EU to find Apple owes Ireland billions in back taxes
Government to embark on aggressive campaign to rebut the commission’s findings
Sources who have been briefed on the matter say the amount of tax Apple will owe will be in the billions, rather than the hundreds of millions of euros that Dublin had hoped for. Photograph: Luke Sharrett/Bloomberg
The European Commission will in the morning find that Apple owes the Irish State “billions of euros” in back taxes when it rules that the technology giant’s tax arrangements in Ireland constituted a form of illegal state aid.
The ruling, to be announced in Brussels on Tuesday morning, will not stipulate a figure for the amount of tax owed, but will lay out a process and a formula by which the unpaid tax should be calculated.
It is expected that an indicative figure will be supplied by the commission later in the day. Sources who have been briefed on the matter say the amount of tax Apple will owe will be in the billions, rather than the hundreds of millions of euros that Dublin had hoped for.
However, the Government will appeal the commission’s finding, and says the money will not be available to spend, either now or in the future, Ministers have stressed. Depending on the terms of the decision, Apple may be required to pay the funds into an escrow account in the coming months.
Government Ministers will embark on an aggressive campaign to rebut the commission’s findings. “They are making up new rules for international tax,” said one Minister last night. “They are trying to make us tax Apple for stuff that doesn’t happen here. It’s nonsense.”
Apple is also certain to reject the finding and will launch a strong defence, while political sources said that they expect the US government to weigh in later in the week in support of Ireland and Apple.
However, the larger than expected size of the sum at stake will complicate the politics for the Irish Government, which is determined to avoid having to take the money.
While Fianna Fáil has supported the Government’s decision to appeal the decision, there was fierce criticism from other Opposition parties.
“The Government is wrong to say they will appeal the decision no matter what,” said Pearse Doherty, Sinn Féin’s finance spokesman.
“They’ve been saying it’s a reputational issue. I think it’s more damaging to continue a fight that we will ultimately lose,” he said. The Government should accept the Apple money, he insisted.
People Before Profit TD Richard Boyd-Barrett said it was “outrageous” that the Government had already spent hundreds of thousands of euros on legal fees fighting the case.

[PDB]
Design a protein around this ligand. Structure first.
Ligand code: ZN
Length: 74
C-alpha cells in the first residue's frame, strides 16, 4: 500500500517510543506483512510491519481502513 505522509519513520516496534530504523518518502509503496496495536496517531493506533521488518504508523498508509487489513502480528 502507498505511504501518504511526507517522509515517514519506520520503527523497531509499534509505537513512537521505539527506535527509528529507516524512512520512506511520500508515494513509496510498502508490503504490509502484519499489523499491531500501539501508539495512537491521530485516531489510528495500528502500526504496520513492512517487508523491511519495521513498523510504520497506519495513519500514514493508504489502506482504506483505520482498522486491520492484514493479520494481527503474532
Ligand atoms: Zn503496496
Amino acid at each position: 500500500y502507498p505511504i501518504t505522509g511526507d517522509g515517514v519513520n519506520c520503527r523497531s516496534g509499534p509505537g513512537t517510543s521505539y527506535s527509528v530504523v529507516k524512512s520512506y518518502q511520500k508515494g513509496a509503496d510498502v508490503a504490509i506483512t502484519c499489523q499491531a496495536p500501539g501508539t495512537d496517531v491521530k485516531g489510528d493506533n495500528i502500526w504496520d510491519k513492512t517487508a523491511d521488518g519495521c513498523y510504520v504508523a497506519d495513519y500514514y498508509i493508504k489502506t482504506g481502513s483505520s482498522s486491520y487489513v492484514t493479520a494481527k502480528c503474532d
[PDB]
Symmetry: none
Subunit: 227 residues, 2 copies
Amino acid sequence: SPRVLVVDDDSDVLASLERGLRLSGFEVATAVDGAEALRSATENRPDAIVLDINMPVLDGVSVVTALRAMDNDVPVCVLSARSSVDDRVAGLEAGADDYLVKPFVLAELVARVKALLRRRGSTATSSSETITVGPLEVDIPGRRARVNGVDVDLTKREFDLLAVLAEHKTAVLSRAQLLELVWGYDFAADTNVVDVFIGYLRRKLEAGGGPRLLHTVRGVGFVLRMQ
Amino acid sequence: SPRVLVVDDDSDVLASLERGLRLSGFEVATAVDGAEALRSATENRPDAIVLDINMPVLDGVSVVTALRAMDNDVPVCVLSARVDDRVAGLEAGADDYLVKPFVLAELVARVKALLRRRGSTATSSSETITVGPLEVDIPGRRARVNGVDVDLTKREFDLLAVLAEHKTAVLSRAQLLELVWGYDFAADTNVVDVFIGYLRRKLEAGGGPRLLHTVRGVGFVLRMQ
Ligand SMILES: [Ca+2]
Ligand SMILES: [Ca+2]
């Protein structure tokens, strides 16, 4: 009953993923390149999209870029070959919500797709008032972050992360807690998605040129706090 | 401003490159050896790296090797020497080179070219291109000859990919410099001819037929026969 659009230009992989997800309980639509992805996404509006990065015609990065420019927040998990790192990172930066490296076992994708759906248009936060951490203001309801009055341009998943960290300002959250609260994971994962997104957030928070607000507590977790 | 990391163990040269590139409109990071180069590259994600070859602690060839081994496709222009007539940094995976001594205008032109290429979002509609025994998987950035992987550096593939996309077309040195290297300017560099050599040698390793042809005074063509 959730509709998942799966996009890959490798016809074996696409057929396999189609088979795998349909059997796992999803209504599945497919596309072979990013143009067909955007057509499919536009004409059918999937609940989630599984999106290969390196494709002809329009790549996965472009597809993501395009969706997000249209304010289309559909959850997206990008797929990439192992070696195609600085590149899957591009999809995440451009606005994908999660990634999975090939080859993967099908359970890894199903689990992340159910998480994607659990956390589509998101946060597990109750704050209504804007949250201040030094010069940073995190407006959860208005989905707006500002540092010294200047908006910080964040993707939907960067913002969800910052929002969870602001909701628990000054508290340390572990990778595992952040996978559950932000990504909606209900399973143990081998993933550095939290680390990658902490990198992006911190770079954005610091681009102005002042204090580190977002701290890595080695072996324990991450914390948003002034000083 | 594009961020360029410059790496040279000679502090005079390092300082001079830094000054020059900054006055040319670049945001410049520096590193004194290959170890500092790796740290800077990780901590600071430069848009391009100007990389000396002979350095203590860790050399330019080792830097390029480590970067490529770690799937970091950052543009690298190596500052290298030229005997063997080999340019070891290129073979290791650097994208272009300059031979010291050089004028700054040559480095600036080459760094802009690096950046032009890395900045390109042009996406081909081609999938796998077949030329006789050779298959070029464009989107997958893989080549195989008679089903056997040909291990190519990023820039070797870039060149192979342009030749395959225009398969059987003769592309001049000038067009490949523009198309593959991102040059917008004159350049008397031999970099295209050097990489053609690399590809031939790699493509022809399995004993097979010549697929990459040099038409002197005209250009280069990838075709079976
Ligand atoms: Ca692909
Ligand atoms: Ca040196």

Mr Boyd-Barrett discovered through a parliamentary question that the Revenue Commissioners and the Department of Finance have already spent some €670,000 on legal fees fighting the case. The Government should accept the money as it would unpaid tax from any taxpayer, he said.
“This is money that could resolve our housing problems and the crisis in our hospitals,” he said.
However, the Government insists that even if the money if eventually paid to the Irish authorities, they will not be able to use it to finance current or capital spending. Instead, under EU rules the money must be used to pay down debt.
The contentious investigation has been under way now for more than two years. It concerns two tax rulings which the Revenue gave to Apple in 1991 and 2007. Last week the US Treasury accused the commission of acting beyond its powers in its investigations of the tax affairs of US multinationals and in particular objected to the idea of tax being collected retrospectively.
However, despite this the commission has pushed ahead with its final decision, which will be that Ireland offered illegal state aid to the US multinational.
Early estimates were that Apple could be asked to repay up to €19 billion in tax. While the final figure is expected to be substantially lower, sources say that there is no question but that it will be appealed by both sides.
The decision is expected to attract huge international attention. The Government is expected to immediately challenge the decision, saying that the reasoning used was unprecedented.